My “day job” is with a very large holding company – I work on one of the owned brands. I report directly to senior leadership. They remain pretty stoked as long as our creative team is pressing on new ideas and innovative concepts to support the brand story and products.

There are 5-6 full time employees on my team. We also use a dozen or so contractors; designers, producers, copywriters, etc. This figure does not include freelance photographers/videographers of which there are many.

I started a side business in 2022 doing creative consultation and sniper style projects for brands; photo and copy mostly. I am very niched down in my zone of competence and specific knowledge – so if brands in the space I play need what I do, there aren’t many others to go to. The money that I make from this really a secondary “nice-to-have” to my real reason for taking on side work. In my main gig, I play within the sandbox. Just the nature of big orgs. But my side work is my creative outlet. It is boundless. I get to play, create, push ideas. That is where I scratch the itch. It makes me better at my main gig to let that energy out elsewhere.

My LLC has no overhead. Just me. Home based, registered as an S-Corp to save on self-employment taxes.

I work ~230 days a year.

I built a small brand on the side with my photography while working hourly jobs until getting my first agency job in 2015. That was a $48k gig, my first salary ever. Worked my way to another agency in 2016 at $75k + bonus. Left to go brand side in 2017 for $90k. Moved to another brand in 2019 at $110k. Moved up ranks to current position now. A side note on salary; the “golden handcuffs” thing is real. Consider that in the path you take.

I lead a team of art directors and producers that are all the time hiring stills and motion shooters to work on our projects. Having come up as a photographer myself, I am always keenly involved in that process. We are vetting new talent, assessing project fit, assigning work, contract negotiating, and running all phases of production at all times.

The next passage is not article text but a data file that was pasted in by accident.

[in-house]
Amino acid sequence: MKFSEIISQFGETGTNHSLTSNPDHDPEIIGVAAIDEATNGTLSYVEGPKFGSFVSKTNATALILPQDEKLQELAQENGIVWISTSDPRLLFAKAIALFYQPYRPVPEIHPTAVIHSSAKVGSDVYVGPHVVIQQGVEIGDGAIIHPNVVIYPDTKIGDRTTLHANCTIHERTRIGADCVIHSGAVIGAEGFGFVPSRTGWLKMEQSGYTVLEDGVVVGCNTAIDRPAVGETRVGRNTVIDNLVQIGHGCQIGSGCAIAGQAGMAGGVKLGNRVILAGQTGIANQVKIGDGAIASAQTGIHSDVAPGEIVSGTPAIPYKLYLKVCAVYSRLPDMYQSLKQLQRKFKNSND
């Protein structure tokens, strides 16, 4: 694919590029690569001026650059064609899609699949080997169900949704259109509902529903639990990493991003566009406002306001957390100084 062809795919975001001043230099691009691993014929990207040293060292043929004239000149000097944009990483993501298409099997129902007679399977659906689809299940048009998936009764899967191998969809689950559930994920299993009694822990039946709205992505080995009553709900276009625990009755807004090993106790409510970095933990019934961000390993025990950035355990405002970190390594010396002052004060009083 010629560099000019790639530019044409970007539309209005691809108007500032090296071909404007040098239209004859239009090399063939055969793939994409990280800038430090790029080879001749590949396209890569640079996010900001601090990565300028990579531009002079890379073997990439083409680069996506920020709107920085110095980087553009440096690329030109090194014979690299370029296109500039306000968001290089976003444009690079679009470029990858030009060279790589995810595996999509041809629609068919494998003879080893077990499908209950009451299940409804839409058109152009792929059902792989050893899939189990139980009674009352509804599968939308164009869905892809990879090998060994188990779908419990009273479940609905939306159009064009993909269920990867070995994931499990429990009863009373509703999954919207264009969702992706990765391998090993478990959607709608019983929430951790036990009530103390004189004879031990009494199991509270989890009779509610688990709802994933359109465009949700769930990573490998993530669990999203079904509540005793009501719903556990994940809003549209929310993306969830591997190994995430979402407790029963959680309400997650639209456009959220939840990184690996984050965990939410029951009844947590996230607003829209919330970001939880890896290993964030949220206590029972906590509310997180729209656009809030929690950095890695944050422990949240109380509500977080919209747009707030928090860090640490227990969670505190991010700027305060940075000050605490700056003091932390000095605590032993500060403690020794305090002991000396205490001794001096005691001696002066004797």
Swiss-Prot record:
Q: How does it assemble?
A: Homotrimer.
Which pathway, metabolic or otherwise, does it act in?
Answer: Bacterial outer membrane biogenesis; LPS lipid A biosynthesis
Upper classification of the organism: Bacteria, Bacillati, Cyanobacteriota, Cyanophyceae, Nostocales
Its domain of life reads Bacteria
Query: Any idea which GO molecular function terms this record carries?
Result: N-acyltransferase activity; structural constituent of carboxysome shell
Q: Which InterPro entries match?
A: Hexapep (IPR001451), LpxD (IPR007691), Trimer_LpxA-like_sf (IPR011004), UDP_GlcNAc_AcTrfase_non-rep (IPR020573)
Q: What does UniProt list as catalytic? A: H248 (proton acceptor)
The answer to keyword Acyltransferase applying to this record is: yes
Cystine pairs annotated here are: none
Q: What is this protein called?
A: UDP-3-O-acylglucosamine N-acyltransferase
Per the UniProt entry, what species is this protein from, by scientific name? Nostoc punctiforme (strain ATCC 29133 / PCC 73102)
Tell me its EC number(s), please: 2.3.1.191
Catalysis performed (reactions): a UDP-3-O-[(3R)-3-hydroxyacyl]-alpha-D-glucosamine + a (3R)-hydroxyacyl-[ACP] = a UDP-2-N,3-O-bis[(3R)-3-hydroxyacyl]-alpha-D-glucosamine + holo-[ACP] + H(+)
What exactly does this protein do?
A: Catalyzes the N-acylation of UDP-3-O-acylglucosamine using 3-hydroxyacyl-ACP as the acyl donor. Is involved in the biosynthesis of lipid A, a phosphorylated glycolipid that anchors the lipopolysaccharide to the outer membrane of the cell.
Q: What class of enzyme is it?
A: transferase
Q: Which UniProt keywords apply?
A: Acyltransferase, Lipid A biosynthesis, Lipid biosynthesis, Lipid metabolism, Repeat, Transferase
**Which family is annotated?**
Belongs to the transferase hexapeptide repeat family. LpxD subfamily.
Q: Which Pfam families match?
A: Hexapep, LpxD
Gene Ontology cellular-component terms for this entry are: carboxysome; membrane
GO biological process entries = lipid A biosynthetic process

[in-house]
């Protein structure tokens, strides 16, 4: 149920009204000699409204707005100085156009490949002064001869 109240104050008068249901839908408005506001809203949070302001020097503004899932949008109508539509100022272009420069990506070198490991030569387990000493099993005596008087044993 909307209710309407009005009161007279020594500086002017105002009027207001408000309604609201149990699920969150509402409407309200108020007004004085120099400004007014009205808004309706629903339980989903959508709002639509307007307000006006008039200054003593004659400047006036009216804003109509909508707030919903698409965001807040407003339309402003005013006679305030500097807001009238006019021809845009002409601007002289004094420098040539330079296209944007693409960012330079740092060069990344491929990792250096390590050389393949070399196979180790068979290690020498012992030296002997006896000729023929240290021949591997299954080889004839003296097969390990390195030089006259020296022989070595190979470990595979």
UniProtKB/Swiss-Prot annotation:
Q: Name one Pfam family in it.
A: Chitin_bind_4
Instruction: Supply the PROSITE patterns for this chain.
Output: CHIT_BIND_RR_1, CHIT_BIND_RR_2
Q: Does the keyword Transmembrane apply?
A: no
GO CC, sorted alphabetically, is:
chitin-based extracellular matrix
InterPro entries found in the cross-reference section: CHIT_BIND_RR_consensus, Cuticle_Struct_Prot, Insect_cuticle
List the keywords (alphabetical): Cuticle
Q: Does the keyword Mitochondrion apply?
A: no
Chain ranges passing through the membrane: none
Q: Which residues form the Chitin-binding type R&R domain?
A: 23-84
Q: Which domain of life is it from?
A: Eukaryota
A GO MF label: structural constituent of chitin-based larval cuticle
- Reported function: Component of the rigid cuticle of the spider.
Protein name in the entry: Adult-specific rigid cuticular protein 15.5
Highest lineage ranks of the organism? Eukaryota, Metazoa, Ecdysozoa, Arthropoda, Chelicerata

For retirement I have a traditional IRA which is comprised of my rollovers from previous companies. Roth IRA maxed every year. 401k at current company is 3% gift. Also have stock at current company that is vested and grows each year – this is part of my total comp package.

The photographer + writer + director pipeline is pretty unique I suppose. People will tell you to pick a competency or creative discipline and stick with it. “Do one thing really well.” I have never agreed with that. I think you should explore the edges of your interest and see where it takes you. Being multi-disciplinary in your creative work makes you a valuable asset to a team as you are able to see things from a unique perspective. Don’t be afraid to tinker.

Best Advice: As a creative, you need other outlets. You cannot always have a camera in your hand. Do something analog. Rebuild a motorcycle. Learn how to cook. See how fit you can get if you slept and ate well for a year. Do anything but sit at your computer. Your creativity and work will be better for it.
Worst Advice: “You’re too creatively altruistic – you want everything to look and feel just so.”- a former boss that just doesn’t get it.

My advice for photographers looking to get on my radar is to find a way to be my friend and engage me on anything other than hiring you. I’m smart. I’ll do my seven second search and see that you are a photographer and make an assessment on your talent which you have made visible to the world. It happens that fast. Your homepage or LP needs to be fucking dope. Impress me, and quickly.

I have worked with a dozen or so shooters for the last 7-8 years. I came out of their ranks myself. We are a community. I ask all of them to bring me fresh talent – “who are you seeing that is on the come up that I need to pay attention to?” They bring me people and I trust them more because of it. As a CD, if you as a photographer bring me fresh camera talent, that tells me that you understand my job. You are trying to help me succeed. You are not operating from a scarcity mindset. This action makes you more valuable to me, not less.

If you want to be making real money, you need to be networking with clients that actually have money. Once you are doing that, if the $ figure you bid does not scare you to type, it’s too low. You can always negotiate down – it’s very hard to negotiate up.

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